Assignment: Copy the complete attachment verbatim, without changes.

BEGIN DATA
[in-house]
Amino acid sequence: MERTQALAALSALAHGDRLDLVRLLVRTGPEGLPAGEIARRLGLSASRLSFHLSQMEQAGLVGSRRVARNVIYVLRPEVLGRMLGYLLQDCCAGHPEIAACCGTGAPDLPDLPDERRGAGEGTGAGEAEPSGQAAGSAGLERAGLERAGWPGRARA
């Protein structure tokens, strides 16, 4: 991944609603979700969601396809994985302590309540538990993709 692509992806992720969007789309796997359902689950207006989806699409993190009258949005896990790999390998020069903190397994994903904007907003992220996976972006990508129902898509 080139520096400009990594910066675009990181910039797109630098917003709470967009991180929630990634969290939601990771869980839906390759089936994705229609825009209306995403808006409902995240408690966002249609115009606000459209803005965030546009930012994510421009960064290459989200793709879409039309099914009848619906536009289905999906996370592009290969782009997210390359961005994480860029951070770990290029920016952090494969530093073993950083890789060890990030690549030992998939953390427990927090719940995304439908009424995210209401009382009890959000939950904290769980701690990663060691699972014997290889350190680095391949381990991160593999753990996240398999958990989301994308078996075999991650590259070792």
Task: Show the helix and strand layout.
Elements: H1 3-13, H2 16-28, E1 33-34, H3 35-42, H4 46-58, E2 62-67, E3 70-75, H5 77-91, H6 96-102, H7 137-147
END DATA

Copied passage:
[in-house]
Amino acid sequence: MERTQALAALSALAHGDRLDLVRLLVRTGPEGLPAGEIARRLGLSASRLSFHLSQMEQAGLVGSRRVARNVIYVLRPEVLGRMLGYLLQDCCAGHPEIAACCGTGAPDLPDLPDERRGAGEGTGAGEAEPSGQAAGSAGLERAGLERAGWPGRARA
């Protein structure tokens, strides 16, 4: 991944609603979700969601396809994985302590309540538990993709 692509992806992720969007789309796997359902689950207006989806699409993190009258949005896990790999390998020069903190397994994903904007907003992220996976972006990508129902898509 080139520096400009990594910066675009990181910039797109630098917003709470967009991180929630990634969290939601990771869980839906390759089936994705229609825009209306995403808006409902995240408690966002249609115009606000459209803005965030546009930012994510421009960064290459989200793709879409039309099914009848619906536009289905999906996370592009290969782009997210390359961005994480860029951070770990290029920016952090494969530093073993950083890789060890990030690549030992998939953390427990927090719940995304439908009424995210209401009382009890959000939950904290769980701690990663060691699972014997290889350190680095391949381990991160593999753990996240398999958990989301994308078996075999991650590259070792």
Task: Show the helix and strand layout.
Elements: H1 3-13, H2 16-28, E1 33-34, H3 35-42, H4 46-58, E2 62-67, E3 70-75, H5 77-91, H6 96-102, H7 137-147